Domestic Adoptions Expected to Double
A row of mothers lined up with their prams.
Ten months after the government banned adoptions of Russian children by U.S. citizens, authorities say the number of children adopted domestically will more than double by this year's end amid increased state allowances.
Thanks to a range of government measures, the number of adopted children in the country will reach 15,000 by the end of 2013, Deputy Prime Minister Olga Golodets said Monday at the Column Hall of the House of Unions, an 18th-century mansion in front of the Kremlin. The figure shows a more than two-fold rise from earlier statistics of the Education and Science Ministry.
In addition, the amount of minors at Russian orphanages fell from 118,000 to 110,000 in the first six months of the year, Golodets said.
The luxurious venue of the three-day forum devoted to adoptions and families, which opened Monday and was organized with support from the Education and Science Ministry, hinted at the importance that federal authorities have attached to domestic adoptions since banning U.S. adoptions — a move that sparked widespread criticism and concerns for child welfare.
The U.S. was a leader in foreign adoptions of Russian children, taking a total of 60,000 in the past two decades, before U.S. adoptions were banned as of Jan. 1. Officially, the move was prompted by safety concerns after a string of abuse scandals and 20 deaths of Russian adoptees living with U.S. families, but it was widely seen to have political motives as well. Many believed it was a response to the U.S. Magnitsky Act, which imposed sanctions on Russian officials suspected of human rights abuses.
Domestic adoptions became a subject of national debate immediately following the ban on U.S. adoptions, with many critics of Russia's orphanage system demanding that authorities seek to reduce the number of children in state institutions and encourage domestic adoption.
It appears that authorities have heard their call, apparently pulling out all the stops to resolve the issue. They have increased the size of one-time payments for adoptive families, introduced regional allowances for low-income families, established monthly payments for families with many children and provided free land plots for families with many children for gardening and housing construction, according to information posted on the government website in July.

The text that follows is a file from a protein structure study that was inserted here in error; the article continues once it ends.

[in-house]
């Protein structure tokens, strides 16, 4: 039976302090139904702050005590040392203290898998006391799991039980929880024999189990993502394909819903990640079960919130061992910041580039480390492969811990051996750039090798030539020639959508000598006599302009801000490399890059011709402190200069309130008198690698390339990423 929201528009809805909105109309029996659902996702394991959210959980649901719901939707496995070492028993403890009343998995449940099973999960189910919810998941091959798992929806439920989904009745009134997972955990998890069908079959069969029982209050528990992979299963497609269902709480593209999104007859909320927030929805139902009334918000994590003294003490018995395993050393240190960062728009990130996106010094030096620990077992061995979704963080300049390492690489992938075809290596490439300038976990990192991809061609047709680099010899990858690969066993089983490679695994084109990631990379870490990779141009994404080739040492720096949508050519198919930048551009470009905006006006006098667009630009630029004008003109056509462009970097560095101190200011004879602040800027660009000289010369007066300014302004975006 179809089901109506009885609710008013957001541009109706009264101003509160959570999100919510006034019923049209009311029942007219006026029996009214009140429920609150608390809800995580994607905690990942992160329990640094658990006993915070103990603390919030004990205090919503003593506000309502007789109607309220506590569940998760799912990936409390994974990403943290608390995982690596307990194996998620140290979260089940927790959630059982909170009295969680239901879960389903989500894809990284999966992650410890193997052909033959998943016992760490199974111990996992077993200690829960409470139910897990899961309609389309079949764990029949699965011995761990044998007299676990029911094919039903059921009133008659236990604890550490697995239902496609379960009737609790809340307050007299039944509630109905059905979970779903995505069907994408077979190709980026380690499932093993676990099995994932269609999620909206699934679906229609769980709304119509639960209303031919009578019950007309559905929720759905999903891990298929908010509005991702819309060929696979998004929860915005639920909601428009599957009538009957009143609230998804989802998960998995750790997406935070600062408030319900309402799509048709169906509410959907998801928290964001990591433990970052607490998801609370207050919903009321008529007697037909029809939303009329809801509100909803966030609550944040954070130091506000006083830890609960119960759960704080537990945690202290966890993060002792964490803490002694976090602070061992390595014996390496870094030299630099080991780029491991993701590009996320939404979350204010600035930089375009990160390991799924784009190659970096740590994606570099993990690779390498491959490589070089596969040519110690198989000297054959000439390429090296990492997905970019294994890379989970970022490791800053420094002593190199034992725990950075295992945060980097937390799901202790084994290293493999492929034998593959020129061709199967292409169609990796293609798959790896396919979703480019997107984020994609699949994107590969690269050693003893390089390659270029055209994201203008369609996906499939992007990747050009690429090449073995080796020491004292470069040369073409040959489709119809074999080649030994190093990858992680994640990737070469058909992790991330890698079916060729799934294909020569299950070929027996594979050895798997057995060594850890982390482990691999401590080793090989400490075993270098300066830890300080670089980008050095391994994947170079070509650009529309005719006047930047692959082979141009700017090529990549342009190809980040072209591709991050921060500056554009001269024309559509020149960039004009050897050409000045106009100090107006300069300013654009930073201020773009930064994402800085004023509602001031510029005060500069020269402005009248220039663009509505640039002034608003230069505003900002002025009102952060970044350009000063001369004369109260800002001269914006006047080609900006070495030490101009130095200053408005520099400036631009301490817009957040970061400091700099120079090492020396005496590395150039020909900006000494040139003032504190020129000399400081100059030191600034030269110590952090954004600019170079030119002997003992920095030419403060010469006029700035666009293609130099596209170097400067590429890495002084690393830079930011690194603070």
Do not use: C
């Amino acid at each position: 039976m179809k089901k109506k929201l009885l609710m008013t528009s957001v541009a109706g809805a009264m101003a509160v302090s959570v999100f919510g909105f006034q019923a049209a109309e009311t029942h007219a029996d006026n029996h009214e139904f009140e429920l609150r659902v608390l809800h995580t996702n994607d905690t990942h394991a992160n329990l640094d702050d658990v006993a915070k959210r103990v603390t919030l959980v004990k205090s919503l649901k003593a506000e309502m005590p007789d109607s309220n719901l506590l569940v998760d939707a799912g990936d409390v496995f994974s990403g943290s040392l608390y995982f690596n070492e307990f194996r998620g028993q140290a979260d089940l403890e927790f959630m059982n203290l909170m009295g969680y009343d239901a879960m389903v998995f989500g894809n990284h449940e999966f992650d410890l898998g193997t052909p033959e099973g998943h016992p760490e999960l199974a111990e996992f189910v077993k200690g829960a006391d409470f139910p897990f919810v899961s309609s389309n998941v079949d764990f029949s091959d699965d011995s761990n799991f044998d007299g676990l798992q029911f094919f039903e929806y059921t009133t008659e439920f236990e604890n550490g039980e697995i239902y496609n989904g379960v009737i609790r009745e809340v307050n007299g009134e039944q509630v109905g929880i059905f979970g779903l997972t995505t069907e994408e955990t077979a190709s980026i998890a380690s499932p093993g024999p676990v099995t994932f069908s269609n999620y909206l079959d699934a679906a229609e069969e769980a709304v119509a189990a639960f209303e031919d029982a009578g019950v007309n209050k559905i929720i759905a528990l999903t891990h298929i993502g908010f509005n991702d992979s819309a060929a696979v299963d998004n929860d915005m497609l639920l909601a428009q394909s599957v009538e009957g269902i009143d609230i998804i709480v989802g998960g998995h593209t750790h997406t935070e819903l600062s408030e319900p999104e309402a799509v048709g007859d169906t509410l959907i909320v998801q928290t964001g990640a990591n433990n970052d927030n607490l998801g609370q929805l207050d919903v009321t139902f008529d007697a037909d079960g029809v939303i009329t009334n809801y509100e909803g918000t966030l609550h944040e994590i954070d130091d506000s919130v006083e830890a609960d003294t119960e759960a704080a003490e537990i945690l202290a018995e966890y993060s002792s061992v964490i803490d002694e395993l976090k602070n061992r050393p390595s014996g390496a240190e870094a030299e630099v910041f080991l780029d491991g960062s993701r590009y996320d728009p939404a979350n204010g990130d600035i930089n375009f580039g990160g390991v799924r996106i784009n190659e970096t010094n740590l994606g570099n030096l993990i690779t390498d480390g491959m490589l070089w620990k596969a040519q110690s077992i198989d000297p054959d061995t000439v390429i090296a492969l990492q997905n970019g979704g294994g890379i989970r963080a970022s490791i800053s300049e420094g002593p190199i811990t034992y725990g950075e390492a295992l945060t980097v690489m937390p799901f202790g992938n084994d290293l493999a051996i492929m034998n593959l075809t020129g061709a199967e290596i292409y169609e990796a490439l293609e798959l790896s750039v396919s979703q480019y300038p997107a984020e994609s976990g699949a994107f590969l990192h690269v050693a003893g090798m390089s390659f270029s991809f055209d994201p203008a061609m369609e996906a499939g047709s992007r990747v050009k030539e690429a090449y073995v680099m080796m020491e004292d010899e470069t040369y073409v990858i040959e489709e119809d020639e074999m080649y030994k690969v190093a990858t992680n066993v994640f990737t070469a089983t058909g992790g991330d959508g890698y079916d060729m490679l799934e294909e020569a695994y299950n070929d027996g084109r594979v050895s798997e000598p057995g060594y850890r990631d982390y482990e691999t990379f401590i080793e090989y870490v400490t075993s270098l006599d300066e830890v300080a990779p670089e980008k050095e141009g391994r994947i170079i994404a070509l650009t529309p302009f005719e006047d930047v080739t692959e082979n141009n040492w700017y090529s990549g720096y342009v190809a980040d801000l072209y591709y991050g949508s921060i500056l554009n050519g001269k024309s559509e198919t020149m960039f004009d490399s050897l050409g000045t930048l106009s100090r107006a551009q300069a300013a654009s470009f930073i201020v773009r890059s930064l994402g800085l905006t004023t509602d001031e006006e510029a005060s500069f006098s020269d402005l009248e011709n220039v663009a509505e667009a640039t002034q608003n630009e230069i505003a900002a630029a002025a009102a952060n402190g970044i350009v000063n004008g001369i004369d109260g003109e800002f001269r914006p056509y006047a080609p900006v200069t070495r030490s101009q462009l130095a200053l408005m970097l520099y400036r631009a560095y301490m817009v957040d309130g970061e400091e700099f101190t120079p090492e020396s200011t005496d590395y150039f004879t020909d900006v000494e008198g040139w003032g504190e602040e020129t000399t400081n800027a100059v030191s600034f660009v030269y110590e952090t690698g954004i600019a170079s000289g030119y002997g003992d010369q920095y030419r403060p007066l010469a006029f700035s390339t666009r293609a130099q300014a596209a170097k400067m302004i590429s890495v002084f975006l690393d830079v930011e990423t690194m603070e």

"In our country, the pace of placing children in families has grown significantly," Golodets told journalists outside the forum, which was attended by almost 1,000 adoptive parents.
According to the earlier estimates of the Education and Science Ministry, the number of children adopted domestically fell from about 9,000 in 2008 to some 6,600 last year, the ministry told State Duma Deputy Dmitry Gudkov, who cited the information on his LiveJournal blog in March.
Prime Minister Dmitry Medvedev, greeting the forum in absentia in a letter read out by Golodets, said that reducing the number of orphans, supporting families and protecting children were an "unconditional priority" of the state, adding that he expected the forum to attract the attention of the public to the issue of orphanhood and "offer new ways of solving it."
Medvedev also noted that the government was simplifying adoption procedures and raising allowances for adoptive families and guardians and that it would continue its work in this area, a letter posted on the government's website said.
Starting Jan. 1, the government will raise all types of allowances for families with children by 5 percent, which reflects the inflation rate, Labor and Social Protection Minister Maxim Topilin told the forum.
For this year alone, the government has allocated 40 billion rubles ($1.2 billion) to raise allowances for families with children, Golodets said on the sidelines of Monday's forum.
Apart from financial support, however, adoptive families are also in great need of consultations with experts on raising children and sharing experiences with one another, said Natalya Grodiskaya, head of Blagovest, a Penza region charity that helps orphans. Grodiskaya, herself an adoptive mother of seven, told the forum that the meeting provided a great platform for such discussion.
Currently, there are more than 420,000 adoptive and foster families in Russia, Education and Science Minister Dmitry Livanov told the gathering.
The government has also granted such families a number of benefits, including paying for utility services, public transportation, school lunches and visiting cultural and leisure facilities.
This year's government measures to support families with children were carried out in accordance with decrees from President Vladimir Putin in late December and April.
When assuming office in May 2012, Putin made boosting the country's population a key priority of his presidency, immediately ordering regional governors to begin issuing monthly allowances for families with three or more children, including adoptive families, and support working women with children.